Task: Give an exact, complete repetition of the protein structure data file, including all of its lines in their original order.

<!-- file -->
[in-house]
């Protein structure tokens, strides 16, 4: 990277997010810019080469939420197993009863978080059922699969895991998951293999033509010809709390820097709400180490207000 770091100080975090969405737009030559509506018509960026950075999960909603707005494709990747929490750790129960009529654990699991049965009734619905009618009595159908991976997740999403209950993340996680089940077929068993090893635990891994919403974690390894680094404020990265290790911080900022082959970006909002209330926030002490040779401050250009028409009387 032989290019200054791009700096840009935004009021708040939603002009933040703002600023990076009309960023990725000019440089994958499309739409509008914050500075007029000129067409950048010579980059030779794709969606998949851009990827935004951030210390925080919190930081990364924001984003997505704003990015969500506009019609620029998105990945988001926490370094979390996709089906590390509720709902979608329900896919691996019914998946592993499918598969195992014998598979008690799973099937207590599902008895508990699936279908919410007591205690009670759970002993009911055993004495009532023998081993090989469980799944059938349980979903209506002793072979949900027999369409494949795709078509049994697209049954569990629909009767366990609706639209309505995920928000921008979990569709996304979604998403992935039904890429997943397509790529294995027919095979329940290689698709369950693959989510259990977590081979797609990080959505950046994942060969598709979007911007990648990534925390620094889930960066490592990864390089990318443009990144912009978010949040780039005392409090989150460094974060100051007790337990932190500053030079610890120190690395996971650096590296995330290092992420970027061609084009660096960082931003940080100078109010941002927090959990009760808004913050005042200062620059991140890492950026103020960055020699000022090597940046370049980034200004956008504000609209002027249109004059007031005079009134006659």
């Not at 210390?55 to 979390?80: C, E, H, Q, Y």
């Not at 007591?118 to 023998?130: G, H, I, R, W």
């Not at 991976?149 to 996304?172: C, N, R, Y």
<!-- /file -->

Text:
[in-house]
């Protein structure tokens, strides 16, 4: 990277997010810019080469939420197993009863978080059922699969895991998951293999033509010809709390820097709400180490207000 770091100080975090969405737009030559509506018509960026950075999960909603707005494709990747929490750790129960009529654990699991049965009734619905009618009595159908991976997740999403209950993340996680089940077929068993090893635990891994919403974690390894680094404020990265290790911080900022082959970006909002209330926030002490040779401050250009028409009387 032989290019200054791009700096840009935004009021708040939603002009933040703002600023990076009309960023990725000019440089994958499309739409509008914050500075007029000129067409950048010579980059030779794709969606998949851009990827935004951030210390925080919190930081990364924001984003997505704003990015969500506009019609620029998105990945988001926490370094979390996709089906590390509720709902979608329900896919691996019914998946592993499918598969195992014998598979008690799973099937207590599902008895508990699936279908919410007591205690009670759970002993009911055993004495009532023998081993090989469980799944059938349980979903209506002793072979949900027999369409494949795709078509049994697209049954569990629909009767366990609706639209309505995920928000921008979990569709996304979604998403992935039904890429997943397509790529294995027919095979329940290689698709369950693959989510259990977590081979797609990080959505950046994942060969598709979007911007990648990534925390620094889930960066490592990864390089990318443009990144912009978010949040780039005392409090989150460094974060100051007790337990932190500053030079610890120190690395996971650096590296995330290092992420970027061609084009660096960082931003940080100078109010941002927090959990009760808004913050005042200062620059991140890492950026103020960055020699000022090597940046370049980034200004956008504000609209002027249109004059007031005079009134006659």
């Not at 210390?55 to 979390?80: C, E, H, Q, Y």
């Not at 007591?118 to 023998?130: G, H, I, R, W």
């Not at 991976?149 to 996304?172: C, N, R, Y």